Push is on to stem disinterest in math, sciences

For some time, top political and business leaders in Georgia have argued that efforts to make science, technology, engineering and math more attractive to students haven’t kept pace with the needs of the growing tech industry.

Now, a national study released this week by U.S. News and World Report backs that assertion.

Despite multiple initiatives to promote science, mathematics and related disciplines in the United States, high school students in this country are no more interested in those fields than they were more than a decade ago, the study found.

Moreover, the nation is still not producing enough workers to fill such jobs in industries that are expected to grow exponentially in the future, the study contends.

The report is the first of its kind by U.S. News, whose editor and chief content officer, Brian Kelly, called the findings “both surprising and kind of depressing.”

Conducted with support from Raytheon, a national defense contractor that has invested in programs to boost student interest in technology, the nationwide study tracks science and technology jobs and education since 2000.

The report doesn’t provide state statistics. But it comes one week after a group of business executives told state leaders that Georgia’s pool of tech talent is too shallow and vulnerable to poaching.

Atlanta Mayor Kasim Reed lamented earlier this year that just under half of Georgia Tech students leave the state after graduation.

Expanding science and technology education has become a tenet of Gov. Nathan Deal’s economic development plan. In essence, Georgia must get more students interested, trained or degreed in those disciplines to attract and retain more businesses to grow the economy.

Deal is set to sign legislation next week that will expand a lottery-funded grant program for the state’s highest-achieving technical college students. And a University System of Georgia science and technology initiative has a goal of increasing the number of graduates in tech fields.

Science, technology, engineering and math (STEM) education “plays a critical role in our state’s competitiveness and future economic prosperity,” Deal said last month in announcing a national partnership with the Woodrow Wilson Foundation to increase the number of tech teachers in the state.

But in addition to the training that businesses are calling for, there needs to be a return to “conversational science” — in other words, casual discussions in homes, as well as in schools, about how things work and why, said Emory University President James Wagner, an engineer. “We used to talk about these things all the time, but at some point we stopped.”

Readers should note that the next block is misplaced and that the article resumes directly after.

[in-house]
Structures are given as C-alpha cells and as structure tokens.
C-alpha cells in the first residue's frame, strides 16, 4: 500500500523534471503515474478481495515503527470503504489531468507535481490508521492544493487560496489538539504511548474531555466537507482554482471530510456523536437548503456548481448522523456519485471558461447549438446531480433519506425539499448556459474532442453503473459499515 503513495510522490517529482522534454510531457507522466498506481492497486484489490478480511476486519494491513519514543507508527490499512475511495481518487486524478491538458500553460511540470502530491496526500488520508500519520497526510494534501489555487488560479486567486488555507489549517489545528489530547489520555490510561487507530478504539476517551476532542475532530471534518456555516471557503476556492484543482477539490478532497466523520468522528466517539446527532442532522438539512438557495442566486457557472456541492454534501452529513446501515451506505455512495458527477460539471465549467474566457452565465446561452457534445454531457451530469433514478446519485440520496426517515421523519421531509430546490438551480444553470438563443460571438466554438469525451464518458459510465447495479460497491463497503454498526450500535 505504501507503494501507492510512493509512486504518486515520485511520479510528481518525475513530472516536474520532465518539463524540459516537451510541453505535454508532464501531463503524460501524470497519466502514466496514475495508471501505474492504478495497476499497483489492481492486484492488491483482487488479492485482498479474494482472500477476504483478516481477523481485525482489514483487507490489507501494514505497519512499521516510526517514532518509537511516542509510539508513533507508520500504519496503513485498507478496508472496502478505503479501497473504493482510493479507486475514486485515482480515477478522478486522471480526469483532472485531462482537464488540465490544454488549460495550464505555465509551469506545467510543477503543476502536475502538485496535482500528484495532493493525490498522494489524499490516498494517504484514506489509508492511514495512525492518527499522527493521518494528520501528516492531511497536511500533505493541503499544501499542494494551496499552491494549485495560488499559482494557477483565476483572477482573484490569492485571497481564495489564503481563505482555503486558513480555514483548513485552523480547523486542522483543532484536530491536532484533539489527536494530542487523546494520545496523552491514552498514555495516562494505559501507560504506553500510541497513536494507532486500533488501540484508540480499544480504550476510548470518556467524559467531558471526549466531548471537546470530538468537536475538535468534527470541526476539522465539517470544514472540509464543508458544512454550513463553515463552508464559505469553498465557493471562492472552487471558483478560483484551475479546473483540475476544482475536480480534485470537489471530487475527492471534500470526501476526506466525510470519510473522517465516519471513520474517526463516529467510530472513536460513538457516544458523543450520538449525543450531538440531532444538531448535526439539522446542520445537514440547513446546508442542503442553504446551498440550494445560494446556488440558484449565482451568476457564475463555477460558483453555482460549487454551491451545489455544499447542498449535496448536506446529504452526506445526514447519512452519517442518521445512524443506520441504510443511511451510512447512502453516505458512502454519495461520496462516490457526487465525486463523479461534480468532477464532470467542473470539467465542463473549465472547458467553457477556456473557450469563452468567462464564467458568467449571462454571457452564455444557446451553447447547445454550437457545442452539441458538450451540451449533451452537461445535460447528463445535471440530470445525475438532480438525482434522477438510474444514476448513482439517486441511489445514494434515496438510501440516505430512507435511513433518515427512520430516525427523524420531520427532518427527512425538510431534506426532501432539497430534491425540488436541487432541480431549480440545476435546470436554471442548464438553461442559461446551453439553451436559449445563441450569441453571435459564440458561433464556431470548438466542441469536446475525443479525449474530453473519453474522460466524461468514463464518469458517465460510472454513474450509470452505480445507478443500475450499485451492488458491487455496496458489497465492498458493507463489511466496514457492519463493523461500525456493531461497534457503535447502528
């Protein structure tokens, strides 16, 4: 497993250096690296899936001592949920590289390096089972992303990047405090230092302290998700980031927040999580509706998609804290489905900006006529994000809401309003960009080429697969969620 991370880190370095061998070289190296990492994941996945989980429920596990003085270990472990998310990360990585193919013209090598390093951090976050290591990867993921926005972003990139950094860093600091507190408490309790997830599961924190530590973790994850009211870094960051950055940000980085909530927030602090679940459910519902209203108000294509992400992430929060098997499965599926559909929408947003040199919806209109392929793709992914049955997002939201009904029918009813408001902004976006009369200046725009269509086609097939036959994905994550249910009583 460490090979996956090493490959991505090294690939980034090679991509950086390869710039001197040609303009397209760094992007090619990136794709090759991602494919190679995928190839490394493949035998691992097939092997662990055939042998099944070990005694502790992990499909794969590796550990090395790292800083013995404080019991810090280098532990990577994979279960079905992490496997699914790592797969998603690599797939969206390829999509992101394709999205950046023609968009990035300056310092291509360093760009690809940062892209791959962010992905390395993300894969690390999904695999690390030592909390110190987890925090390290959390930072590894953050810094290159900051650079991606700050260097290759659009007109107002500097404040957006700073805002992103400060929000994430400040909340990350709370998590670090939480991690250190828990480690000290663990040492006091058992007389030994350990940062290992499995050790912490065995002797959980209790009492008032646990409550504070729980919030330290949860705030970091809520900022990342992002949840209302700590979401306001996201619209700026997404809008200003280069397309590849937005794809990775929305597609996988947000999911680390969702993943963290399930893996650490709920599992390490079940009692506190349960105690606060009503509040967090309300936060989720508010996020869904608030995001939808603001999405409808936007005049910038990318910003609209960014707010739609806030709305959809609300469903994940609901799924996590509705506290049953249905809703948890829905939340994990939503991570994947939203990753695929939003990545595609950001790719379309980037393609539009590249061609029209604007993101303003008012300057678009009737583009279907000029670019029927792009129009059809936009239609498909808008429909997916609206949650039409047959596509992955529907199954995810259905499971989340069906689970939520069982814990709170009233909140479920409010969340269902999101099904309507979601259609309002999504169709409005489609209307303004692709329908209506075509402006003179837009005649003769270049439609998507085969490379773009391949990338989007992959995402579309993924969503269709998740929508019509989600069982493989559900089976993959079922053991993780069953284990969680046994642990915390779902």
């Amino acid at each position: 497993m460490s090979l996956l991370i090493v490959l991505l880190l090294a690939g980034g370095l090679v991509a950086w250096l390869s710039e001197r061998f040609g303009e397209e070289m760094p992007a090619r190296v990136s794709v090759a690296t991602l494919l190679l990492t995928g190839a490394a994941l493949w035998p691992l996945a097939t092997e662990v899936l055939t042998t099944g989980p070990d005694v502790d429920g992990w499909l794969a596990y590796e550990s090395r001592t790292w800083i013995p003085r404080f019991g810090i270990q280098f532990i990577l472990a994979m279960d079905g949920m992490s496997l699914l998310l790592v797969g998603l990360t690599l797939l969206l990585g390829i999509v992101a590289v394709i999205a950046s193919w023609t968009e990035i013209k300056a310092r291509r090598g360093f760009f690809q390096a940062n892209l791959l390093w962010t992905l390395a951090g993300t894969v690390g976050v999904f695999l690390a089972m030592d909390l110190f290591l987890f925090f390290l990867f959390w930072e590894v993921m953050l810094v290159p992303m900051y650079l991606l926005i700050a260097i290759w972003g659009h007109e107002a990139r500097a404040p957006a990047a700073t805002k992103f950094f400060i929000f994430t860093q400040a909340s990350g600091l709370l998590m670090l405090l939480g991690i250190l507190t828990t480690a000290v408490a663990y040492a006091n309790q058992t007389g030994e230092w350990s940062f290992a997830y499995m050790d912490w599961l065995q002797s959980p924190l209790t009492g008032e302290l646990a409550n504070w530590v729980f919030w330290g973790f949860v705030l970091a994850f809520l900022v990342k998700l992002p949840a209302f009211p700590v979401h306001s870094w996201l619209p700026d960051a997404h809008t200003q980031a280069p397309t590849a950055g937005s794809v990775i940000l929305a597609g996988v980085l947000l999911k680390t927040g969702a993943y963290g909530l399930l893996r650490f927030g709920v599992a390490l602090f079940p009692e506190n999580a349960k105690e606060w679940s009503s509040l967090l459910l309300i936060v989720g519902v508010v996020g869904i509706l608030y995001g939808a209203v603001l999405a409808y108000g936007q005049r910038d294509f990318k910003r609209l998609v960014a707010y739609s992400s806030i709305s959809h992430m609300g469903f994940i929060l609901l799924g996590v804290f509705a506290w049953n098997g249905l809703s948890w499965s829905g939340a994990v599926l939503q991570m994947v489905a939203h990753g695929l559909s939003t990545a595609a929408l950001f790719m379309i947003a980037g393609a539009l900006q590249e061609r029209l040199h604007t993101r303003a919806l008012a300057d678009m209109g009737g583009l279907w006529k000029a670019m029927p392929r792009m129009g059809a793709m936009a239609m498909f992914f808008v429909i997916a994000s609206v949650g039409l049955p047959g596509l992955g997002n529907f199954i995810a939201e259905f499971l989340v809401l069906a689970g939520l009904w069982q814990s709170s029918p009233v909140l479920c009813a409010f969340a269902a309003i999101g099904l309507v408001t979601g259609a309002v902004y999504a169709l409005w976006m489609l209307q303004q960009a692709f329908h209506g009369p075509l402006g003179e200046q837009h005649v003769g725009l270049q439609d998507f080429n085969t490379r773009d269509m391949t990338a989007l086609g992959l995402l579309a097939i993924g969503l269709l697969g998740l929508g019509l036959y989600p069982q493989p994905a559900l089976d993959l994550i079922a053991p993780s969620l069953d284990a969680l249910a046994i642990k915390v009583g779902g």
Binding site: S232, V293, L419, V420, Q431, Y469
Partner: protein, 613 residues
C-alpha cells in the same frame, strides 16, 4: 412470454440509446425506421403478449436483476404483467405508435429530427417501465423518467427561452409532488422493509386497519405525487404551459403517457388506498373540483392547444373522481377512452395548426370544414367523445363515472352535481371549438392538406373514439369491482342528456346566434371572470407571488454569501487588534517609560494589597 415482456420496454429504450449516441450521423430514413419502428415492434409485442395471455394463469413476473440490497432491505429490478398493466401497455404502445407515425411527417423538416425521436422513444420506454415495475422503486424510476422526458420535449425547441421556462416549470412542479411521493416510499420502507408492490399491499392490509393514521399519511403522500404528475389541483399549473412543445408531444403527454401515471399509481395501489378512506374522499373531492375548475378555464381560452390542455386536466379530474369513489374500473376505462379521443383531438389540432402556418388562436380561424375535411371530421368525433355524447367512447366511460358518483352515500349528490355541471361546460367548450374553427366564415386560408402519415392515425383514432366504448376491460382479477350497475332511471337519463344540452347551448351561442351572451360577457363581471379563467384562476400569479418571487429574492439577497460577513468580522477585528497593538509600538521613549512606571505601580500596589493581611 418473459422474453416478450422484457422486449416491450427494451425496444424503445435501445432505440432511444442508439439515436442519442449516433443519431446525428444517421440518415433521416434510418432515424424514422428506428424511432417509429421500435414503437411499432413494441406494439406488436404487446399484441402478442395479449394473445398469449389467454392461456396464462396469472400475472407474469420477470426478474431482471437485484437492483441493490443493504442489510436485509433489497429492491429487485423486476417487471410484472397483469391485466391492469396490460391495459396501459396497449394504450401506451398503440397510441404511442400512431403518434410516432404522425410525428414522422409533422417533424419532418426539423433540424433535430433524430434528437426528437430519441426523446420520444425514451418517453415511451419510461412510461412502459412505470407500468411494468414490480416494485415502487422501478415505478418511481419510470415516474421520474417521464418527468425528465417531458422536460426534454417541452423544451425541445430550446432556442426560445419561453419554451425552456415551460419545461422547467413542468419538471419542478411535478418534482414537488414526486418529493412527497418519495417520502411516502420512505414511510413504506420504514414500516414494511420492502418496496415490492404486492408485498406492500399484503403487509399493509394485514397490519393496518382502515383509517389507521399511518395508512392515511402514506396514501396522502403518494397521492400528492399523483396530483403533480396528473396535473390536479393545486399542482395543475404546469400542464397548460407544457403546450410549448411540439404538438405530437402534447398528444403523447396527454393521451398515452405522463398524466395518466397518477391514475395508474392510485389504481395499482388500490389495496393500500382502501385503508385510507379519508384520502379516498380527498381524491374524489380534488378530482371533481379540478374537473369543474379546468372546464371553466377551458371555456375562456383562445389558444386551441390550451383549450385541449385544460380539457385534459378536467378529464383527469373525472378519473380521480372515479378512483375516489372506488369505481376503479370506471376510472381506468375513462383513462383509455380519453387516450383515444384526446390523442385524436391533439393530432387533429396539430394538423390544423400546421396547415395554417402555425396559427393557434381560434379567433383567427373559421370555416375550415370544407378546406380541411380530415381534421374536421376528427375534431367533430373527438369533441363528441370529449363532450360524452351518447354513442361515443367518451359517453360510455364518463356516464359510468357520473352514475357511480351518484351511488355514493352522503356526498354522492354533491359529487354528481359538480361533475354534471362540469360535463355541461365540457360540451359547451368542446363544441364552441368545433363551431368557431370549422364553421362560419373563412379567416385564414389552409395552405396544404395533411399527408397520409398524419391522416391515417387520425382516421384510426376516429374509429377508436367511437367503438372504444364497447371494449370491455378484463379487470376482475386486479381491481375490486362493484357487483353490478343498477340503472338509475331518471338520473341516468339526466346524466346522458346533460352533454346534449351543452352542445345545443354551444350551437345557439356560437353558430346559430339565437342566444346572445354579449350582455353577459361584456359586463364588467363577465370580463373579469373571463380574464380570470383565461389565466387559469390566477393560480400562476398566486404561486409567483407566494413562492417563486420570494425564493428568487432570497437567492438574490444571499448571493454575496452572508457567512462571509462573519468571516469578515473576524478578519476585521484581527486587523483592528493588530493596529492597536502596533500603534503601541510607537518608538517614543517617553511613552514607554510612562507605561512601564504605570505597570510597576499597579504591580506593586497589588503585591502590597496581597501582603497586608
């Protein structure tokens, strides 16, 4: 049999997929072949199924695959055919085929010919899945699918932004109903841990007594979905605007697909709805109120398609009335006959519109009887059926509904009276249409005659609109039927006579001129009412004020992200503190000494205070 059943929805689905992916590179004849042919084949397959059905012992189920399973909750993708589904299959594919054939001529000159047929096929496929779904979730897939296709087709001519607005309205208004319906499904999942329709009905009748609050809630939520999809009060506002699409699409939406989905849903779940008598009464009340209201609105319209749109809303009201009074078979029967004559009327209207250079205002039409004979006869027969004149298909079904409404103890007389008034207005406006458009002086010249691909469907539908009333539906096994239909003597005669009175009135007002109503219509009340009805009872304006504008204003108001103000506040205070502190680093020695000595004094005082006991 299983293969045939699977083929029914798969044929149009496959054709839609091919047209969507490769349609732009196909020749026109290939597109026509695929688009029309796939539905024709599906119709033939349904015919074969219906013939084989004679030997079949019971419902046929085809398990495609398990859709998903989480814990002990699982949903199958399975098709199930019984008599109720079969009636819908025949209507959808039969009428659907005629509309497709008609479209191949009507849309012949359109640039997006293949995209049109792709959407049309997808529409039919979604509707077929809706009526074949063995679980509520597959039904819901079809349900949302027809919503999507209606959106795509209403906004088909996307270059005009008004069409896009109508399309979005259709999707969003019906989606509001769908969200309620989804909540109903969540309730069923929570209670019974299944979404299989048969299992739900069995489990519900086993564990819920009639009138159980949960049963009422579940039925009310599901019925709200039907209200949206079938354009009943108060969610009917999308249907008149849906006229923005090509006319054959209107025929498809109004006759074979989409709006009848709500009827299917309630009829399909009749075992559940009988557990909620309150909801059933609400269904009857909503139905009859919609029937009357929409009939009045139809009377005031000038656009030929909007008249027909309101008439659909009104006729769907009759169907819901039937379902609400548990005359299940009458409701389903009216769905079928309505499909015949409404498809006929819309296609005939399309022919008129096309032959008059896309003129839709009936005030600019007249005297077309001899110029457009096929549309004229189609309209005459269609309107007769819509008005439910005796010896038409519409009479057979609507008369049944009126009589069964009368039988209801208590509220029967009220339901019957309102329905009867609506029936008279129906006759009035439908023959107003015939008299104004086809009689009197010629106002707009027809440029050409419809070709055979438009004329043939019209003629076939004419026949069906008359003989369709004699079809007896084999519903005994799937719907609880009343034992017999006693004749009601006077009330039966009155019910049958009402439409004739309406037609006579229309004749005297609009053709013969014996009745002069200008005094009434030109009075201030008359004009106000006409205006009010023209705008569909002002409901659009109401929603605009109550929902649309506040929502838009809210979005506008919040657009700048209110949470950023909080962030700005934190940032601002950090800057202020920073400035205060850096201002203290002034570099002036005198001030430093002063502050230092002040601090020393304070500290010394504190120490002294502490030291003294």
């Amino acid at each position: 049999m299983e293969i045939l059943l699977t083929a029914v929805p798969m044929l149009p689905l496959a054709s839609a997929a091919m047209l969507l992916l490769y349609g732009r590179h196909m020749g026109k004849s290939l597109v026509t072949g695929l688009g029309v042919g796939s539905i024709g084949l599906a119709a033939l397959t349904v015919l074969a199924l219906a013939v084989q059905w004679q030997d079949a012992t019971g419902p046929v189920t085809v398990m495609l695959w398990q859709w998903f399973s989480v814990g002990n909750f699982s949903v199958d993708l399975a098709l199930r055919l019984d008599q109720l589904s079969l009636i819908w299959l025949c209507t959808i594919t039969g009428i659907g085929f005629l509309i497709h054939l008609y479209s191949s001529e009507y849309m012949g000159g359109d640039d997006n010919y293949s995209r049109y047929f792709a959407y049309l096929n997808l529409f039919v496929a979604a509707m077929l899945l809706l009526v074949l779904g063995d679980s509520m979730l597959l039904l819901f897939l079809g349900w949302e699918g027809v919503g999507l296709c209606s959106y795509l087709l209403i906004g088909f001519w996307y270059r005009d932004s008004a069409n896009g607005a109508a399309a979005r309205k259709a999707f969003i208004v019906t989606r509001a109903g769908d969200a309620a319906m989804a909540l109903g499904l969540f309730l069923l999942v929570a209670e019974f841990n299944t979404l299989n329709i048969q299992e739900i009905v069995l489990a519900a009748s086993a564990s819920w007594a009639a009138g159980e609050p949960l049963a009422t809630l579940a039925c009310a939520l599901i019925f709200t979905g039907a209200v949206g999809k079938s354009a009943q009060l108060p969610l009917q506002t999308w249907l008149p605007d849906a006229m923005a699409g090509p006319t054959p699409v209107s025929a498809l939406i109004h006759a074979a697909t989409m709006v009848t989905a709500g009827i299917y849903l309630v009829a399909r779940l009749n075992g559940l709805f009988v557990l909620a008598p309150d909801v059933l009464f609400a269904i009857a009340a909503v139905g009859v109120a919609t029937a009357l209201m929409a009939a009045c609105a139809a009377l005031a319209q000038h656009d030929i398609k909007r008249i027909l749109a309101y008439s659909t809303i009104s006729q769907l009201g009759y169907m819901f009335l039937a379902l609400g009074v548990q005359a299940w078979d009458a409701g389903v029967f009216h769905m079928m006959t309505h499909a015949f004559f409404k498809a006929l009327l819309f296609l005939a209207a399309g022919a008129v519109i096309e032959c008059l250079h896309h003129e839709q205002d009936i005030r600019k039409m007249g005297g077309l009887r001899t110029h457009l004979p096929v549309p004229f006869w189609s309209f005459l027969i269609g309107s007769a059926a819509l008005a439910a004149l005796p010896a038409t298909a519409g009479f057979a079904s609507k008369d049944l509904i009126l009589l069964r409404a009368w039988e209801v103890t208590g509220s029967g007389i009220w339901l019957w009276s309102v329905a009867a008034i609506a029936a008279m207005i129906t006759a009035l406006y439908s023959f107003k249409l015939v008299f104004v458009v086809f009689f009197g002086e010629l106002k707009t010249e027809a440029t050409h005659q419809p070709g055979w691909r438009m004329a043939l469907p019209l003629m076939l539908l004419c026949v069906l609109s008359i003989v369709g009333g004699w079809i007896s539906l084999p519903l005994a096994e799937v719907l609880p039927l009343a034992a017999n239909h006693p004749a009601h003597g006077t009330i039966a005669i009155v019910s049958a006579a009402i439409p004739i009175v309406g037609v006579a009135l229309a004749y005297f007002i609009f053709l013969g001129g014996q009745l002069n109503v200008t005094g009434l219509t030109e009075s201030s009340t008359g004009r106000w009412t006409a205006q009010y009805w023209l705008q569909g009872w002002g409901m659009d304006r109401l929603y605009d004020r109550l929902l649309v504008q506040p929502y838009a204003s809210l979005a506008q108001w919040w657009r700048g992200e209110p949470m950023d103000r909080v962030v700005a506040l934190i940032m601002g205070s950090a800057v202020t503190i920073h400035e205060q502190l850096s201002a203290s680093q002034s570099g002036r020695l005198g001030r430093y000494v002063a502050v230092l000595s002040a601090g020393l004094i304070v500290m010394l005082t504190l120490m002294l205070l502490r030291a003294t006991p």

Georgia Tech associate professor Craig Forest has heard a lot about a shortage of people to fill science and technology jobs, and about student disinterest in those fields. He has also heard dissenting opinions by some scholars who say the STEM gap is a myth. For him, the focus is improving the way science and math are presented to students.

“When you ask kids in the United States what they want to be when they grow up, they say Beyoncé and LeBron James — celebrities,” said Forest. “When you ask kids in other countries, they say engineers.”

Forest is the founder of an annual technology expo at Georgia Tech that gives the university’s seniors a chance to show off their required projects in Tech’s basketball arena. This year’s expo — held Thursday with all the excitement of any sporting event — featured 900 students on more than 170 teams with projects ranging from an automatic wine chiller to an at-home asthma management device to a self-cleaning litter box.

“We’re making it fun. We’re also helping them make a difference and making them celebrities just like pop stars and athletes,” Forest said. “We need to celebrate our scientists.”

Lisa Johnson of Alpharetta knew early on that she wanted to be an engineer, a decision that was cemented after a high school technology summer camp.

“I heard about biomedical engineering right when it was growing as a field with prosthetics, artificial hearts and pacemakers … and I just got excited,” said Johnson, 22, a member of the expo team that designed the asthma device — which has already garnered the attention of local physicians and is being sponsored by an area nonprofit organization. “I called my mom and told her I know what I want to do for the rest of my life and ended up doing it.”

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Staff writer J. Scott Trubey contributed to this article.

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